The rest of the short but sweet EP utilizes the same production tropes as the lead single (heavy drums, processed vocals and a flurry of synths) but each track puts its own spin on the genre. “Killer” — which has stumbled its way into minor hit status over the past three or four years — opens with the flamboyant piano riffs one would expect of early Panic! at the Disco and rhythmic clock ticks (prior to Zedd ruining this entire sound effect). The lyrics depart from Witzigreuter’s typical nice guy schtick into a portrait of a heartbreaker, but he sells it, and catchy melodies and a hard knocking chorus follow directly after. 

“Killer” is directly followed by album standout “Back to Back,” an ode to unrequited romantic dedication that takes sawtooth synths and claps to the hardest they could be. The result is a catchy, danceable track that almost borders on EDM. However, “Back to Back” demonstrates one of the key strengths of the EP: dynamic changes. Kirkpatrick shows his comfort with alternation between quiet and loud sections, playing with dynamics as a way of injecting energy into songs. It pays off tremendously in tracks like “Back to Back,” which features a piano and vocal solo going straight into vicious synth stabs. Dynamic changes are the secret weapon of this album, just as they are for other iconic pop projects of the 2010s (Taylor Swift’s “1989is a masterclass in dynamics), taking the listener on a head-bopping journey.

I listened to this project exhaustively for this review, searching for a “least favorite moment.” Thing is, I don’t have one. Even the cheesiest and cringiest moments, from underthought lyrics (“Be the Hills to my Beverly”) to video game risers, are in the pursuit of pure pop fun. There are no intentions or delusions of grandeur here and that makes this project refreshing, especially in our current era of pop music where every artist seems obsessed with emphasizing how s e r i o u s they are.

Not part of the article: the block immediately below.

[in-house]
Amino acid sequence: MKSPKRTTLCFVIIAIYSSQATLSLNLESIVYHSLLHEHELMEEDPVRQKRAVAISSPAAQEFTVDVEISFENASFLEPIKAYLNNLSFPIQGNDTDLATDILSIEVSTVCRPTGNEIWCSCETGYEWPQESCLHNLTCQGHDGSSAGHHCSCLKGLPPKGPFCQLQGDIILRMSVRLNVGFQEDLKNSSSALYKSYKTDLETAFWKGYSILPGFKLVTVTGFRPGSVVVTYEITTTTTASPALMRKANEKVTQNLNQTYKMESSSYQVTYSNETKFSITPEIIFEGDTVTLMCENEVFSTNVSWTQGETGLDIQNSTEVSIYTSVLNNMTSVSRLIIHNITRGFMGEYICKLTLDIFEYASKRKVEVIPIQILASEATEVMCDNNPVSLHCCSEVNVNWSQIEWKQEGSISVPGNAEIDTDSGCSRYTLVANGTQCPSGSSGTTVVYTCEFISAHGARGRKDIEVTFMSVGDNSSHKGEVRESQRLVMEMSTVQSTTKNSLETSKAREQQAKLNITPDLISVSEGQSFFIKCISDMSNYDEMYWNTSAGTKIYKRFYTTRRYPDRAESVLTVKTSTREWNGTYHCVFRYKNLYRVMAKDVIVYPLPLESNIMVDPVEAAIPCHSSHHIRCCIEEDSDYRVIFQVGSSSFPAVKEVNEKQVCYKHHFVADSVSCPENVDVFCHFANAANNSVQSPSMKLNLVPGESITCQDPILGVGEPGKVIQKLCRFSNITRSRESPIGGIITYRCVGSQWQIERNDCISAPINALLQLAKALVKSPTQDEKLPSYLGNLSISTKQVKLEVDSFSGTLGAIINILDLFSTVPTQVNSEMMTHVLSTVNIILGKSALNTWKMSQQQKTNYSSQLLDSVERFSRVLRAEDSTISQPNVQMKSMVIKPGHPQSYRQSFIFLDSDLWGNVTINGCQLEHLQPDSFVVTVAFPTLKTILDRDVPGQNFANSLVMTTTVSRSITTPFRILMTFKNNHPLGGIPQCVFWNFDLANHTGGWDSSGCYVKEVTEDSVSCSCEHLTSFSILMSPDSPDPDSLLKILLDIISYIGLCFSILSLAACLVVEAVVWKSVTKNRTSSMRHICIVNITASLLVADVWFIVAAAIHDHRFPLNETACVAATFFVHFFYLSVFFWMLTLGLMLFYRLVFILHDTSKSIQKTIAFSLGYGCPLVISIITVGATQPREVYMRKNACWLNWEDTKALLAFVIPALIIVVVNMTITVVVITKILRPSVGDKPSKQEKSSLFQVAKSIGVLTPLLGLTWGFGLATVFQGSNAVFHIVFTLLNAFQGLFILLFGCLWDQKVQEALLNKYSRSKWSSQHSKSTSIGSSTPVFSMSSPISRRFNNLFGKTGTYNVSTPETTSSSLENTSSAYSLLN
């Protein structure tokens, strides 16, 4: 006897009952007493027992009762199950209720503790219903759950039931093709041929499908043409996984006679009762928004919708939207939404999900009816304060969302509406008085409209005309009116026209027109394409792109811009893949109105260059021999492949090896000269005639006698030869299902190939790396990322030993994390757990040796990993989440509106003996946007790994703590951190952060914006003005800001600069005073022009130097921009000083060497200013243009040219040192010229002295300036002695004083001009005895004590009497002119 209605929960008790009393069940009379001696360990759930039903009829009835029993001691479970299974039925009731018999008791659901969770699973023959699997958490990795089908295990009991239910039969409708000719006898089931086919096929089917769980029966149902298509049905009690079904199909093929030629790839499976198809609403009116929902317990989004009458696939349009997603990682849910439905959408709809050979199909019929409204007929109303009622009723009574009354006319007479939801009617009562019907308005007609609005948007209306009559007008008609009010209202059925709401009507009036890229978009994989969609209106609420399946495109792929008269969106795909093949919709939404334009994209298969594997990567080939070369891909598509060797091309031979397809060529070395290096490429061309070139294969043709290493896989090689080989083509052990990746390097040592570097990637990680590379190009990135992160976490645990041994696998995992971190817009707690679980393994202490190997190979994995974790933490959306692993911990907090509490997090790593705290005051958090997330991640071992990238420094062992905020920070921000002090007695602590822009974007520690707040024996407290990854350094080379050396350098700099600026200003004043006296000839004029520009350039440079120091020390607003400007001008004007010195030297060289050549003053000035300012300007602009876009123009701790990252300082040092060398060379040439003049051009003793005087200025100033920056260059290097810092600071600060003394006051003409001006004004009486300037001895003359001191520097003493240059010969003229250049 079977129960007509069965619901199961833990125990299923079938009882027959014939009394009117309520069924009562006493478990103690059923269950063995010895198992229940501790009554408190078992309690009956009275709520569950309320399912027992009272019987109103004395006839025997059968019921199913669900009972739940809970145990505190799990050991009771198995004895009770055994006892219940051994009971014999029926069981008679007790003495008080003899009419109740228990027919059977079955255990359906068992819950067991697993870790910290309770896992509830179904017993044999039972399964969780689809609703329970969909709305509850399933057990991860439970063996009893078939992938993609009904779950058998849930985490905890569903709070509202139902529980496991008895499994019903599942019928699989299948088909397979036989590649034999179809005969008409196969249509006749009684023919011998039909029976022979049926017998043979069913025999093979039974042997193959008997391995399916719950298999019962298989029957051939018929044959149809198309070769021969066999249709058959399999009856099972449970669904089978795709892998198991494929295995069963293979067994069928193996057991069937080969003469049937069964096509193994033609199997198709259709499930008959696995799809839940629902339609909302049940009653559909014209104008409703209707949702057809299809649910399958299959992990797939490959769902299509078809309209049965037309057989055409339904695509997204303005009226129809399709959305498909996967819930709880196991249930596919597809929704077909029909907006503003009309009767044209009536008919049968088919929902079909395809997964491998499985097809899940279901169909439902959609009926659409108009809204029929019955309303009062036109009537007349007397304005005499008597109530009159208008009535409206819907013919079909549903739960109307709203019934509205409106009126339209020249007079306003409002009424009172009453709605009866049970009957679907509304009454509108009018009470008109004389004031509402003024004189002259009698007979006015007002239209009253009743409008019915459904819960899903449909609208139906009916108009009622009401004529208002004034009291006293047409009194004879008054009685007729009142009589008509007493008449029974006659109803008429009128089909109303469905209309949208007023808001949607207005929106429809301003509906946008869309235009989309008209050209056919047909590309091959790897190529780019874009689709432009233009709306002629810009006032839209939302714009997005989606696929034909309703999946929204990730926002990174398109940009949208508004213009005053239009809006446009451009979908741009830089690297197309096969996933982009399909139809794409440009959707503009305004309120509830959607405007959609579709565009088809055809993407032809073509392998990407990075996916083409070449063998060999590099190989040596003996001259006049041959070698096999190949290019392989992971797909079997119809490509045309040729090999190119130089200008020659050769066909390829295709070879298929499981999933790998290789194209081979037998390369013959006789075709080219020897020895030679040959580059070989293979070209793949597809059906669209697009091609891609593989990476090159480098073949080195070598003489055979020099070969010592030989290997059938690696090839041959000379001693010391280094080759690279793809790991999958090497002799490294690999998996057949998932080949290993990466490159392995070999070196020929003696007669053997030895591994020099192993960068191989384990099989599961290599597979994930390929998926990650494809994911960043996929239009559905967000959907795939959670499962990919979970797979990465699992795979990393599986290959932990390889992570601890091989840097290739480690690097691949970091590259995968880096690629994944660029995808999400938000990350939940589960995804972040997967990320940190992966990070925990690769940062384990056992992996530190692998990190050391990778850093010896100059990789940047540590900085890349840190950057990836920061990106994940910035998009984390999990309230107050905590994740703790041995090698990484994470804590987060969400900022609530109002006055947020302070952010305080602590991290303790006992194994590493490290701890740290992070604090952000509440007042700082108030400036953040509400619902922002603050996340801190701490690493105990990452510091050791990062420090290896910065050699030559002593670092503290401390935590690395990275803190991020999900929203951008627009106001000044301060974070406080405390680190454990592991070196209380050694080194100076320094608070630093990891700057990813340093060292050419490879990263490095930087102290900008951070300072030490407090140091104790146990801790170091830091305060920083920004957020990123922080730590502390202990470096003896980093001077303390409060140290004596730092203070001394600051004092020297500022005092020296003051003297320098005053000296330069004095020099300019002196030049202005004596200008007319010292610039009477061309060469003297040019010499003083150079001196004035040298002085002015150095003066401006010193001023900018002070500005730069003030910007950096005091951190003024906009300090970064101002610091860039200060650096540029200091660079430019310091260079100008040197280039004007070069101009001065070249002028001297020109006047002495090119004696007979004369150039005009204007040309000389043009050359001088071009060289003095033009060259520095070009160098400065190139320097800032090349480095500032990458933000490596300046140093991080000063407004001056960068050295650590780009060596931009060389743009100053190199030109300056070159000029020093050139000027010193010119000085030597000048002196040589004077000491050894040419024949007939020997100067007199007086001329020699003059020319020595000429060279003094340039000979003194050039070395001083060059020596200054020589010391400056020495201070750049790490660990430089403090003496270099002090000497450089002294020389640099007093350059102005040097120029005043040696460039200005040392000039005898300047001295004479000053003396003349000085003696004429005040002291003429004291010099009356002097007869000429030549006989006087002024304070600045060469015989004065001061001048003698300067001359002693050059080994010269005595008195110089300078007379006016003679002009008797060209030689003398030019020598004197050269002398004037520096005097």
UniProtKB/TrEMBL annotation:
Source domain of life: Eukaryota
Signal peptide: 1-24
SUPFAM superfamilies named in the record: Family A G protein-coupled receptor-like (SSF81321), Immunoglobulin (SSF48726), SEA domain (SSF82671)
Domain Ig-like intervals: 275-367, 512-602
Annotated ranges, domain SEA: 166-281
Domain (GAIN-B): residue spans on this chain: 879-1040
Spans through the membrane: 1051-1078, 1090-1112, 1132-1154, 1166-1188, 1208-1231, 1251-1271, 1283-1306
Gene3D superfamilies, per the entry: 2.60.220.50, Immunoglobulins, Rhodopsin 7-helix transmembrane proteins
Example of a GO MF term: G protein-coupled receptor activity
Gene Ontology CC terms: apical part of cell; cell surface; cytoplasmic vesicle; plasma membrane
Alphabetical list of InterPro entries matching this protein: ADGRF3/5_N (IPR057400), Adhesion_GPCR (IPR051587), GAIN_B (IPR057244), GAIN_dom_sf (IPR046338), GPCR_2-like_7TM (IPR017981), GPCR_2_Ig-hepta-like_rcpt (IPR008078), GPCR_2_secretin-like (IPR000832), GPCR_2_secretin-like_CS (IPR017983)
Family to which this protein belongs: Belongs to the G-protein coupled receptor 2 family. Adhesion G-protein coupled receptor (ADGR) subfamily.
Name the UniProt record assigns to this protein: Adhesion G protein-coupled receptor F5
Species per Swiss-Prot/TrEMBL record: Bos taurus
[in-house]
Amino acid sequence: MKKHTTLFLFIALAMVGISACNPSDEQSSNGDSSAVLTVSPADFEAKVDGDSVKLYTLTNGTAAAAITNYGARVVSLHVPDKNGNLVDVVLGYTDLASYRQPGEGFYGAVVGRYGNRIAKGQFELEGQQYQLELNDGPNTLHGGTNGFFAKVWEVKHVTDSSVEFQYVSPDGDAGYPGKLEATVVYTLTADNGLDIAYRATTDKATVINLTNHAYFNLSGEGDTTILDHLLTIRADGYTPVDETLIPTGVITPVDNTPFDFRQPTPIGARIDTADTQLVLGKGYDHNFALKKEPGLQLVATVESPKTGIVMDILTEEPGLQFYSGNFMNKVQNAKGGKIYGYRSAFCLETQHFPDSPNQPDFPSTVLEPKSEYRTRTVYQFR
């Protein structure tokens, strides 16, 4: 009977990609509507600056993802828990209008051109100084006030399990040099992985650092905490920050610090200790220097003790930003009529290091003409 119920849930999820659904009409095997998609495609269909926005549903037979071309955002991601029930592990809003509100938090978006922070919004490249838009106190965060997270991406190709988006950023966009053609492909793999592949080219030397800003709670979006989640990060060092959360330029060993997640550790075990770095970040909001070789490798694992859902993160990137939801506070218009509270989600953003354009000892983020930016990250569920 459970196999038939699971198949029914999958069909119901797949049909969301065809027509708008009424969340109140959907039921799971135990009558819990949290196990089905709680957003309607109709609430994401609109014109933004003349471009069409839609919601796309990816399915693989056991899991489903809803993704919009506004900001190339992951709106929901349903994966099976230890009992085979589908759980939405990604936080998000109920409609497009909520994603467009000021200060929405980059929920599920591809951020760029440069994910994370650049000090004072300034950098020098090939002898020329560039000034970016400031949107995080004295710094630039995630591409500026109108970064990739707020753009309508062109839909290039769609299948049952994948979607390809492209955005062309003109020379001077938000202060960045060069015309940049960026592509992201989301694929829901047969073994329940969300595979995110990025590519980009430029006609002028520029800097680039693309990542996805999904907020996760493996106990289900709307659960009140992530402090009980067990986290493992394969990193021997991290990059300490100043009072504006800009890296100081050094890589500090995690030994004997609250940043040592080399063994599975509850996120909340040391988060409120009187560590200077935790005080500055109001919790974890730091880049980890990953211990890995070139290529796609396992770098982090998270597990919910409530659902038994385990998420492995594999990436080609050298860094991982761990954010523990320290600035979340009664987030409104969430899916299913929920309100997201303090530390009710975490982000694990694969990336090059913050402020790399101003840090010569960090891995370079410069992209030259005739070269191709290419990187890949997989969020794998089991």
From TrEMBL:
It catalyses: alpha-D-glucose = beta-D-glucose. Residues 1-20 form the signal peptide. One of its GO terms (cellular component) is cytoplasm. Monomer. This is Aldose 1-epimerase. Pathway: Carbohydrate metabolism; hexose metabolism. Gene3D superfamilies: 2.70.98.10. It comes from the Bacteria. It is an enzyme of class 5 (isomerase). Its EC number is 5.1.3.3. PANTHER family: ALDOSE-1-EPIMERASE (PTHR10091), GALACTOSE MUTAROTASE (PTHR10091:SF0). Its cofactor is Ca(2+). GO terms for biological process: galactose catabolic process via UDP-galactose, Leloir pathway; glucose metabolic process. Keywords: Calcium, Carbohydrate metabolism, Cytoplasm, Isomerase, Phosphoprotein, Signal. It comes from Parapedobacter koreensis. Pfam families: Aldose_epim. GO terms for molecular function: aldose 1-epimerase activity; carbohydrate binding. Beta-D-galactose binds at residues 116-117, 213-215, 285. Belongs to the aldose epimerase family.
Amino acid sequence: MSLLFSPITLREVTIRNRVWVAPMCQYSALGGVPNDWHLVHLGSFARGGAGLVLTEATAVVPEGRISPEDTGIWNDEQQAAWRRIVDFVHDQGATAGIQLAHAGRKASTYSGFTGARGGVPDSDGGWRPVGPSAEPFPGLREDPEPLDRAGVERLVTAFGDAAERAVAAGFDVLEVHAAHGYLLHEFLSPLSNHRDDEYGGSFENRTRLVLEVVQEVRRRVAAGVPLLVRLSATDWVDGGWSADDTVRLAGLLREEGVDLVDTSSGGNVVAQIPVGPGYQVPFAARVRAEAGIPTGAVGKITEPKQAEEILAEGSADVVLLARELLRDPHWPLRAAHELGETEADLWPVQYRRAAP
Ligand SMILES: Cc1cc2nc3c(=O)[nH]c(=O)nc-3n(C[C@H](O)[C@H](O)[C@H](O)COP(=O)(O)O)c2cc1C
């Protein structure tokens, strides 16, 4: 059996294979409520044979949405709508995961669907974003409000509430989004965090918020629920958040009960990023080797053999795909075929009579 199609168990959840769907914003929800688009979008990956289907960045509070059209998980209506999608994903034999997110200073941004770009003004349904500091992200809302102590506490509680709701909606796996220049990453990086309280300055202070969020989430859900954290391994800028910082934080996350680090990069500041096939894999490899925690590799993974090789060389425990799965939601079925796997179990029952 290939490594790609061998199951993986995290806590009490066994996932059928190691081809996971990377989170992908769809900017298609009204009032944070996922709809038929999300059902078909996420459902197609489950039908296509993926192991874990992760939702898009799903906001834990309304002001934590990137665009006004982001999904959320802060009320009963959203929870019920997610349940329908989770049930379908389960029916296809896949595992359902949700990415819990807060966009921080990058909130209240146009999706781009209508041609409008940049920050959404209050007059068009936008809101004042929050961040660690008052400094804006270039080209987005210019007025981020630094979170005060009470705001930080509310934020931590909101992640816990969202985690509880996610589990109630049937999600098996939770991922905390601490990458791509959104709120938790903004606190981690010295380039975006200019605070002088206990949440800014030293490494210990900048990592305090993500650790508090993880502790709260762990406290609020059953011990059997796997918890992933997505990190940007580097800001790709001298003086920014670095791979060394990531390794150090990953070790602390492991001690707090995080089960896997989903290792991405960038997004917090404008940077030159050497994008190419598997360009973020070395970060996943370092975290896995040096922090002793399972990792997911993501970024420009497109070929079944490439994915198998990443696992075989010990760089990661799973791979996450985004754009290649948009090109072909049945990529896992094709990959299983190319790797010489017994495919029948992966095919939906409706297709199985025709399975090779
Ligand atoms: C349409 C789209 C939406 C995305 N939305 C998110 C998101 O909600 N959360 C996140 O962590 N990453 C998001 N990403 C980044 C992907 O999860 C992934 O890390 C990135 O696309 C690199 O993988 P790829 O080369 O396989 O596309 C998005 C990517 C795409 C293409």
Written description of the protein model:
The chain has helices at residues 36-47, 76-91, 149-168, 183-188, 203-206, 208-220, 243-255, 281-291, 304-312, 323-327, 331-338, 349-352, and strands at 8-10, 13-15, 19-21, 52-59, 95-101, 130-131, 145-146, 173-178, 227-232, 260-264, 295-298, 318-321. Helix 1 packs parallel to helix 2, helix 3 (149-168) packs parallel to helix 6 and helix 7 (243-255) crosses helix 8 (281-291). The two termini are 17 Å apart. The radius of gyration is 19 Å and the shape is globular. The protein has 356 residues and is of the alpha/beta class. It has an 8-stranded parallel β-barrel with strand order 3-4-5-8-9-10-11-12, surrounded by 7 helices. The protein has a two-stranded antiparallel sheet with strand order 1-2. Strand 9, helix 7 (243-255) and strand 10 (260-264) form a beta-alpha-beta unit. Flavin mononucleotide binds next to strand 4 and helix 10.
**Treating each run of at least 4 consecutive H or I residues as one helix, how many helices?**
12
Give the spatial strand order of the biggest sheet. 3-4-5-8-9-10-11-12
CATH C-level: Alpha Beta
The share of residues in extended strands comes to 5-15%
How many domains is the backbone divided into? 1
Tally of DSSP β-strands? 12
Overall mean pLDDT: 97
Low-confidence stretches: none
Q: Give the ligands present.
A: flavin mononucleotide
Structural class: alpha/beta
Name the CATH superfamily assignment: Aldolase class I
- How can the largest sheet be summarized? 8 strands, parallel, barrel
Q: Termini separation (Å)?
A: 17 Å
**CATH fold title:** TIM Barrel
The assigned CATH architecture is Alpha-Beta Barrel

Despite being in my personal top five of pop projects of the 2010s, the “Feel Good Now” EP holds no place whatsoever in the overall pop canon. Personally, I don’t think that’s a bad thing. While this album is great, it didn’t necessarily push pop music forward — in fact, it dawdled in the dying laptop emo genre. That said, one massive development for pop did come out of the “Feel Good Now” EP: Ian Kirkpatrick. 

While The Ready Set found a groove releasing mediocre pop music with a few gems here and there, Kirkpatrick began growing his personal repertoire, rapidly adding projects after 2011. In 2015, Kirkpatrick broke through, writing tracks for Justin Bieber, Halsey, Nick Jonas and Jason Derulo. Since then, Kirkpatrick has only sped up with era-defining smashes like “New Rules,” “Don’t Start Now,” and “Back to You.” His pop sensibilities are on full display in this project, pathing the way for Kirkpatrick’s ascendance.  

But what do we do with this forgotten gem, other than listen to it? Well, as radio-friendly and inoffensive The Ready Set’s music feels at times, it was never necessarily meant for mass consumption. This is a project to listen to when you want to dance around your own room, not a club. Listen to the project, hum along and once you’ve listened enough, you’ll be singing memorable lyrics in public. I don’t know if 11-year-old me could ask for anything more.